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Does any solution exist for RTC with following consideration?

  • Does not have to be battery backed. The time can be set using a network clock at the OS (Linux) startup.
  • The time needs to be accessible at high memory access speeds (I2C may be slow). Possibly mmap'd to user space for reading the time at least.
  • Provides millisecond granularity.
  • Does ARM processor itself provide any such capability? Perhaps a count down register that can be used to emulate real time keeping?
  • The normal system clock is inevitably hardware based (hopefully someone can provide details in case you are dubious), and generally speaking the OS should provide access to a "steady clock" programmatically, that is, one which will not vary during the lifetime of a process. It will have micro- or milli- second precision. – goldilocks Feb 7 '17 at 19:38
  • Thanks for your response. Actually I do see significant clock drift on Orange Pi (stackoverflow.com/questions/41575617/…), and have some details. Although I believe I have a workaround I am beginning to think I need to have a better solution. Also per tldp.org/HOWTO/Clock-2.html the two clocks can drift. – Cap Feb 7 '17 at 20:15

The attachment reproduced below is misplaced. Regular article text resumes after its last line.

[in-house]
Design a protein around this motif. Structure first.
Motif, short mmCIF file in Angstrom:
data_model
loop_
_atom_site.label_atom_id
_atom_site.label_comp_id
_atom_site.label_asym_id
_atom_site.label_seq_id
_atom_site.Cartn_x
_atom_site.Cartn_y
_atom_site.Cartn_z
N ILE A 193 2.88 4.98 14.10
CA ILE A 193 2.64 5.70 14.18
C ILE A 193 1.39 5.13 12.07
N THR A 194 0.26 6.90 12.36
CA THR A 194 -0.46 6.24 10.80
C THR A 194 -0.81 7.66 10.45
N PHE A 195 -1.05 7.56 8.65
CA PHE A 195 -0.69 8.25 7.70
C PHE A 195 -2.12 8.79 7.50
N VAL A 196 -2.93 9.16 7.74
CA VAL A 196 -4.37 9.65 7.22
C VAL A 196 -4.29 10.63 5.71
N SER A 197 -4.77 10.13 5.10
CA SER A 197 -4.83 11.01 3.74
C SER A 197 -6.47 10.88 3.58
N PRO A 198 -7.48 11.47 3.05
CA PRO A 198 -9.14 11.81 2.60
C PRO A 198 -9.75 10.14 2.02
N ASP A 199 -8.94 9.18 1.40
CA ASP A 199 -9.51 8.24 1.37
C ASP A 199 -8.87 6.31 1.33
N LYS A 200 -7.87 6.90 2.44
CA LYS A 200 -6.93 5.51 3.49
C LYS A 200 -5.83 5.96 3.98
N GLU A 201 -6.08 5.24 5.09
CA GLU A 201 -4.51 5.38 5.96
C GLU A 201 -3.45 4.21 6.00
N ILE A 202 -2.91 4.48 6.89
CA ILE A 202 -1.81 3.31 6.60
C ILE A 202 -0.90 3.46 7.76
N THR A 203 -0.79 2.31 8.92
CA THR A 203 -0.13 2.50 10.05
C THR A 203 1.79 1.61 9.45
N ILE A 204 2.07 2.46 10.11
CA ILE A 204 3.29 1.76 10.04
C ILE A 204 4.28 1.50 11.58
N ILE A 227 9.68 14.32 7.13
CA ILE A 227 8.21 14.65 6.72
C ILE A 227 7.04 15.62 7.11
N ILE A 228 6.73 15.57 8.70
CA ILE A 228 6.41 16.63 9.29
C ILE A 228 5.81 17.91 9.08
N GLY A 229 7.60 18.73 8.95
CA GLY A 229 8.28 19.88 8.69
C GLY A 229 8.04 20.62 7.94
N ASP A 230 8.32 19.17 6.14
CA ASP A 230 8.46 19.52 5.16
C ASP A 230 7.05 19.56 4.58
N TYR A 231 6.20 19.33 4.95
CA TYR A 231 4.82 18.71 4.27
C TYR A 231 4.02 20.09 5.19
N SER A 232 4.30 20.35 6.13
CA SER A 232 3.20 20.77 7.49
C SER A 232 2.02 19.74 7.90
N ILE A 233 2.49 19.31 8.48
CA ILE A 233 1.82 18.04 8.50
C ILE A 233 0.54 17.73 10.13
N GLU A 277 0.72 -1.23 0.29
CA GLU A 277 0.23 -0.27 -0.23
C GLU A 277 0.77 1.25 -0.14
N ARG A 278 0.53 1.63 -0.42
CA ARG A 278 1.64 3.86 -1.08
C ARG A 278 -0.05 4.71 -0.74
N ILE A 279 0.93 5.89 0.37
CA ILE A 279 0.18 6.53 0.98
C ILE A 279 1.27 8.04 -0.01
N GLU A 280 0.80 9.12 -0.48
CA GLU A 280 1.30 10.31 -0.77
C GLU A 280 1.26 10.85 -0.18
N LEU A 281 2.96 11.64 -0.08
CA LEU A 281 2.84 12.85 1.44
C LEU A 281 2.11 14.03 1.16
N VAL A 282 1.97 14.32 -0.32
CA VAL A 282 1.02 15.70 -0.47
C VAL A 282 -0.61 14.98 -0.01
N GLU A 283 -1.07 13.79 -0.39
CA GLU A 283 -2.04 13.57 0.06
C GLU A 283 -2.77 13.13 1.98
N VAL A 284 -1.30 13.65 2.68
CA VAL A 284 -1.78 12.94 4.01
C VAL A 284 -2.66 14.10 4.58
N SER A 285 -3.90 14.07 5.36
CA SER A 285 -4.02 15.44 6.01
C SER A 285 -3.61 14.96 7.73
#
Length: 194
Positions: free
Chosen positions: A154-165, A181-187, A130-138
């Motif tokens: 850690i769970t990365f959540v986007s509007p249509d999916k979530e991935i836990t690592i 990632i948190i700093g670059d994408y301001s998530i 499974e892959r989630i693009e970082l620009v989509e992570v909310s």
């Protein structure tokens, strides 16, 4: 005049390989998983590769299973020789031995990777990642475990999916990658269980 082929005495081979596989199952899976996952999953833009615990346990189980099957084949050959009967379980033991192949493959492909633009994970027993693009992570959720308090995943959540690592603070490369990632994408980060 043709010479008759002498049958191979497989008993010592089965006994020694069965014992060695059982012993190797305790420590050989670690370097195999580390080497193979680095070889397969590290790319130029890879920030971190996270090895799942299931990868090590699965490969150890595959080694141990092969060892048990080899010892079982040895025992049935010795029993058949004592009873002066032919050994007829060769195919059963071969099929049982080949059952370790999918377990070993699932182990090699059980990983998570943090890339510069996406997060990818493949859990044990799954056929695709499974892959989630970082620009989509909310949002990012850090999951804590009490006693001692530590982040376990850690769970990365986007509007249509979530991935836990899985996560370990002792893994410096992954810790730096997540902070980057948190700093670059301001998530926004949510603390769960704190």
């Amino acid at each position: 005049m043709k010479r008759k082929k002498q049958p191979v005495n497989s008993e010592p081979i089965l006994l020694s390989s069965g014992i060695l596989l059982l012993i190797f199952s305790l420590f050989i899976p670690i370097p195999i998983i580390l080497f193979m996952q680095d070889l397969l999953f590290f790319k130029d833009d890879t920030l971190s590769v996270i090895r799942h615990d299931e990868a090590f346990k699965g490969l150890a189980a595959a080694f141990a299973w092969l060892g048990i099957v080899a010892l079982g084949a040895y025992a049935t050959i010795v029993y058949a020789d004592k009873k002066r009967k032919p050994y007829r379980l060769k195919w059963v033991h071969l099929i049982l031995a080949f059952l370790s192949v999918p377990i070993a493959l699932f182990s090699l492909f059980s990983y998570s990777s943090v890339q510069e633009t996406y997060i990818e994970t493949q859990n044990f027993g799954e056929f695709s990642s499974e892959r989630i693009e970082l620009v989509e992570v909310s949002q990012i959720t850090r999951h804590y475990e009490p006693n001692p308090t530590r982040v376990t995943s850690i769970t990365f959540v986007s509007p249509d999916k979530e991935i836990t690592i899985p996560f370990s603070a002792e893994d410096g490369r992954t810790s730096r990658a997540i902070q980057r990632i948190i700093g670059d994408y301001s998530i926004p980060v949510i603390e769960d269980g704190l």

• Two PC clocks can drift, and they are hardware. That's the point of NTP -- much more expensive hardware somewhere far away that doesn't drift. – goldilocks Feb 7 '17 at 20:17
  • Possibly you want a few of these. – goldilocks Feb 7 '17 at 20:21
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    Thanks again. My concern is that a few times during Radiotap captures I noted the clock to drift significantly from the NTP time over a short duration (minutes). For the requirement a drift of a few seconds per day is also tolerable, and a Cesium clock would be an overkill. Eventually if no alternative is available I may work around by using an I2C RTC, but would wait for any other suggestions. – Cap Feb 7 '17 at 20:32

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